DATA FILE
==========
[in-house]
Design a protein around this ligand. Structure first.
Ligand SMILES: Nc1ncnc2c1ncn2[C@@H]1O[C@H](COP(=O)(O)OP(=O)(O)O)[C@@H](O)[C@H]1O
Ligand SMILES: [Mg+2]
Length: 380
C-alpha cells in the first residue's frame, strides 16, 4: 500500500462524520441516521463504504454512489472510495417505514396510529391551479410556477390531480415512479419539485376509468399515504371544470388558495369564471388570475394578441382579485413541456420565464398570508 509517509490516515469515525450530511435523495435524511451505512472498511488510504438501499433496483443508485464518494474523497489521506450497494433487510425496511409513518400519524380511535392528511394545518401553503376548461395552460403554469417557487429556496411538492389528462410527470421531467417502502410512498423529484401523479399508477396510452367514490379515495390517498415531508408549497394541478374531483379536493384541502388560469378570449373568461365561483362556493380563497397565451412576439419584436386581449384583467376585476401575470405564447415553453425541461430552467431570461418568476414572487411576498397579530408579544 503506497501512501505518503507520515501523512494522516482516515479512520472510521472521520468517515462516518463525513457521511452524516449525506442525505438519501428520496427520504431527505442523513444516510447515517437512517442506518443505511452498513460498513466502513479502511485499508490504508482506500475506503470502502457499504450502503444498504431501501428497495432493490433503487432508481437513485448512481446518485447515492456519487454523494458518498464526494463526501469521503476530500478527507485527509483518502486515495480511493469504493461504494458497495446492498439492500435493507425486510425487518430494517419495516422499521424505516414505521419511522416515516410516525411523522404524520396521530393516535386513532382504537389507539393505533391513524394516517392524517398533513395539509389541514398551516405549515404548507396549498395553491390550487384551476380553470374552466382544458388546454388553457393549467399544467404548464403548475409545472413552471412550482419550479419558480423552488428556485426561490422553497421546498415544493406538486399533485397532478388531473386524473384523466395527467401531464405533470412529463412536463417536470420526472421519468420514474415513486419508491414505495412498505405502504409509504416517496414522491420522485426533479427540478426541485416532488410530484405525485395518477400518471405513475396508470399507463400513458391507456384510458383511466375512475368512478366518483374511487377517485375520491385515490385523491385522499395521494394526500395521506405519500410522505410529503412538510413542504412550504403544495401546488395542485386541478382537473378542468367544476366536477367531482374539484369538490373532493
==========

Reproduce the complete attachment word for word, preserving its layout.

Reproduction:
[in-house]
Design a protein around this ligand. Structure first.
Ligand SMILES: Nc1ncnc2c1ncn2[C@@H]1O[C@H](COP(=O)(O)OP(=O)(O)O)[C@@H](O)[C@H]1O
Ligand SMILES: [Mg+2]
Length: 380
C-alpha cells in the first residue's frame, strides 16, 4: 500500500462524520441516521463504504454512489472510495417505514396510529391551479410556477390531480415512479419539485376509468399515504371544470388558495369564471388570475394578441382579485413541456420565464398570508 509517509490516515469515525450530511435523495435524511451505512472498511488510504438501499433496483443508485464518494474523497489521506450497494433487510425496511409513518400519524380511535392528511394545518401553503376548461395552460403554469417557487429556496411538492389528462410527470421531467417502502410512498423529484401523479399508477396510452367514490379515495390517498415531508408549497394541478374531483379536493384541502388560469378570449373568461365561483362556493380563497397565451412576439419584436386581449384583467376585476401575470405564447415553453425541461430552467431570461418568476414572487411576498397579530408579544 503506497501512501505518503507520515501523512494522516482516515479512520472510521472521520468517515462516518463525513457521511452524516449525506442525505438519501428520496427520504431527505442523513444516510447515517437512517442506518443505511452498513460498513466502513479502511485499508490504508482506500475506503470502502457499504450502503444498504431501501428497495432493490433503487432508481437513485448512481446518485447515492456519487454523494458518498464526494463526501469521503476530500478527507485527509483518502486515495480511493469504493461504494458497495446492498439492500435493507425486510425487518430494517419495516422499521424505516414505521419511522416515516410516525411523522404524520396521530393516535386513532382504537389507539393505533391513524394516517392524517398533513395539509389541514398551516405549515404548507396549498395553491390550487384551476380553470374552466382544458388546454388553457393549467399544467404548464403548475409545472413552471412550482419550479419558480423552488428556485426561490422553497421546498415544493406538486399533485397532478388531473386524473384523466395527467401531464405533470412529463412536463417536470420526472421519468420514474415513486419508491414505495412498505405502504409509504416517496414522491420522485426533479427540478426541485416532488410530484405525485395518477400518471405513475396508470399507463400513458391507456384510458383511466375512475368512478366518483374511487377517485375520491385515490385523491385522499395521494394526500395521506405519500410522505410529503412538510413542504412550504403544495401546488395542485386541478382537473378542468367544476366536477367531482374539484369538490373532493